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Government News
Addiction Experts Troubled by List Of Drugs Covered in Part D
Psychiatric News
Volume 41 Number 6 page 8-8

APA has expressed "extreme concern" over the lack of a therapeutic category for medications used to treat substance use disorders in the proposed revision of the United States Pharmacopeia's (USP) Model Guidelines for prescription drug plan (PDP) formularies participating in the Medicare Part D drug benefit.

Following provisions of the Medicare Modernization Act (MMA) that created the Part D drug benefit, USP was charged by the Centers for Medicare and Medicaid Services (CMS) to develop a uniform set of guidelines that CMS could use to evaluate individual PDPs' proposed formularies.

The MMA also specified that USP is to periodically update those model guidelines to ensure that they include a complete and accurate listing of the drug categories, classes, and key drug types that all Part D formularies must cover (see page 1). USP recently released its proposed revisions for the Model Guidelines to be used in 2007 and invited public comment, as required by the MMA.

In a letter signed by APA President Steven Sharfstein, M.D.; Michael Gendel, M.D., president of the American Academy of Addiction Psychiatry; Elizabeth Howell, M.D., president of the American Society of Addiction Medicine; and Michael Brooks, D.O., president of the American Osteopathic Academy of Addiction Medicine, the four organizations told USP that a specific category should be added to the model guidelines to encompass the FDA-approved medications currently used to treat addictions.

While these medications produce their clinical effects through different mechanisms of action, they can generally be divided into two main classes: medications used to treat withdrawal symptoms and medications used to deter future use of a substance of abuse. Based on that guiding principle, APA and the other organizations strongly recommended that a new therapeutic category of "Addictions Treatment Agents" be added to the revised guidelines (see table at left).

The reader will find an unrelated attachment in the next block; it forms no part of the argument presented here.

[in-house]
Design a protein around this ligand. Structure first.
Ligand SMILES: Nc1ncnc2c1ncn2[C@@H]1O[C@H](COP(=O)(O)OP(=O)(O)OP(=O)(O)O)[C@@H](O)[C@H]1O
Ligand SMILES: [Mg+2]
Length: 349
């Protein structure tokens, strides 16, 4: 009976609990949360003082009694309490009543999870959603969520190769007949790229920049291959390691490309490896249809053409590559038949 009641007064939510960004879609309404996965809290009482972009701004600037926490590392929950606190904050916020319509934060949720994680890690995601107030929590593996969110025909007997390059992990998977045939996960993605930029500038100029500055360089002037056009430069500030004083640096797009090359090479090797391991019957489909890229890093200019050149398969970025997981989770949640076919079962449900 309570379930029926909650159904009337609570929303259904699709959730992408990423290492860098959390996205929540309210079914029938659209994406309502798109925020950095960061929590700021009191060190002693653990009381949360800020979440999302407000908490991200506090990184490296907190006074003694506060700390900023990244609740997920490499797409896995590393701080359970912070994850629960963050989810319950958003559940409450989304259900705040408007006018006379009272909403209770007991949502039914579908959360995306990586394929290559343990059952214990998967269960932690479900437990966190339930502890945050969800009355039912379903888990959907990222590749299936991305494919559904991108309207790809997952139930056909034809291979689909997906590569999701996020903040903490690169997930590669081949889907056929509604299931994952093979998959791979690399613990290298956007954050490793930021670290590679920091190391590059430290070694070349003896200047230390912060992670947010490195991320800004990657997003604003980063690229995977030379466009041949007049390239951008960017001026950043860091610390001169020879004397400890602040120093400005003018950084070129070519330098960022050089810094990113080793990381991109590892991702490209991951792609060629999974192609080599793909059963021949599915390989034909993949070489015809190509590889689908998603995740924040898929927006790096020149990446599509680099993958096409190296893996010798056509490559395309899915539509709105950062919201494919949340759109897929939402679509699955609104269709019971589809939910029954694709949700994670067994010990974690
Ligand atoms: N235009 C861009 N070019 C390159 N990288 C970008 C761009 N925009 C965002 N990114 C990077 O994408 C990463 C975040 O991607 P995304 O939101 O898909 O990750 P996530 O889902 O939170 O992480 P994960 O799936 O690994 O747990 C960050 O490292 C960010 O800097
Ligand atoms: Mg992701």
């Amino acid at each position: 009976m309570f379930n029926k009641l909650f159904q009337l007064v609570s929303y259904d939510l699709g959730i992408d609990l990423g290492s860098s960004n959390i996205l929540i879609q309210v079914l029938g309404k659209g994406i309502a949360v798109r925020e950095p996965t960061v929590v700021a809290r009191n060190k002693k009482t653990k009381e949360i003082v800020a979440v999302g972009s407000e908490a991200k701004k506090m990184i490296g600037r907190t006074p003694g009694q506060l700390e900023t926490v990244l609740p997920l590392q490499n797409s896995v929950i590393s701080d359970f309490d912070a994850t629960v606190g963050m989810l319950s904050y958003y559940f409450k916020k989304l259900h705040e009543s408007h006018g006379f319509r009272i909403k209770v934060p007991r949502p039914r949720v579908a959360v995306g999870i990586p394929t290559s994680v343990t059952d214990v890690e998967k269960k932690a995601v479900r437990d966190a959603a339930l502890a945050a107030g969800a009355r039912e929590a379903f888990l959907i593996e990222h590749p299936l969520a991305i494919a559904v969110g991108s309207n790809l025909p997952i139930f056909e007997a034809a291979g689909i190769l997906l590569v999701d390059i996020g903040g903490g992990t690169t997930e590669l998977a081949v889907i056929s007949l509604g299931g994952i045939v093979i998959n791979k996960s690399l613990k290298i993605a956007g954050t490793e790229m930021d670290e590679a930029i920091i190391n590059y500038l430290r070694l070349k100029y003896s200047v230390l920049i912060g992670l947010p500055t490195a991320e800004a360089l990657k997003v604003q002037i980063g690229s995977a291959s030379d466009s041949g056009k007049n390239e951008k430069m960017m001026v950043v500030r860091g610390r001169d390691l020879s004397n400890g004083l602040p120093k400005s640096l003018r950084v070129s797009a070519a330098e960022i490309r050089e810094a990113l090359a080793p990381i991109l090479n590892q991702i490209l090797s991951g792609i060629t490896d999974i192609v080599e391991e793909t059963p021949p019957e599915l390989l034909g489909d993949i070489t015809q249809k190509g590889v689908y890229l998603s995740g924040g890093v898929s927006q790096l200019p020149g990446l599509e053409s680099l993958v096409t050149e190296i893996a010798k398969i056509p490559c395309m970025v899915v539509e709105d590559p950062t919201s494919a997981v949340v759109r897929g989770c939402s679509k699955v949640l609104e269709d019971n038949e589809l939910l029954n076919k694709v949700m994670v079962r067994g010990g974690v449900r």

Within the new category, drugs would be subdivided into a pharmacologic class of "Deterrents," which would include key drug types for medications used to deter alcohol or opioid use.

The second drug class, labeled "Withdrawal Agents," would contain three key drug types—medications used as alcohol detoxification, nicotine detoxification, and opioid detoxification.

Some addiction treatment medications are listed in the USP revision for 2007. However, they are lumped into the broad category of "Antidotes, Deterrents, and Toxicologic Agents" along with "Ion Exchange Resins" and antivenins. This listing "seems an inappropriate categorization," the presidents of the four organizations wrote. Substance use disorders, they continued, are highly prevalent medical conditions with significant morbidity and mortality. "Given the proven effectiveness and evidence base of these pharmacologic treatments, our organizations strongly believe that these medications should be included in the revised guidelines." ▪

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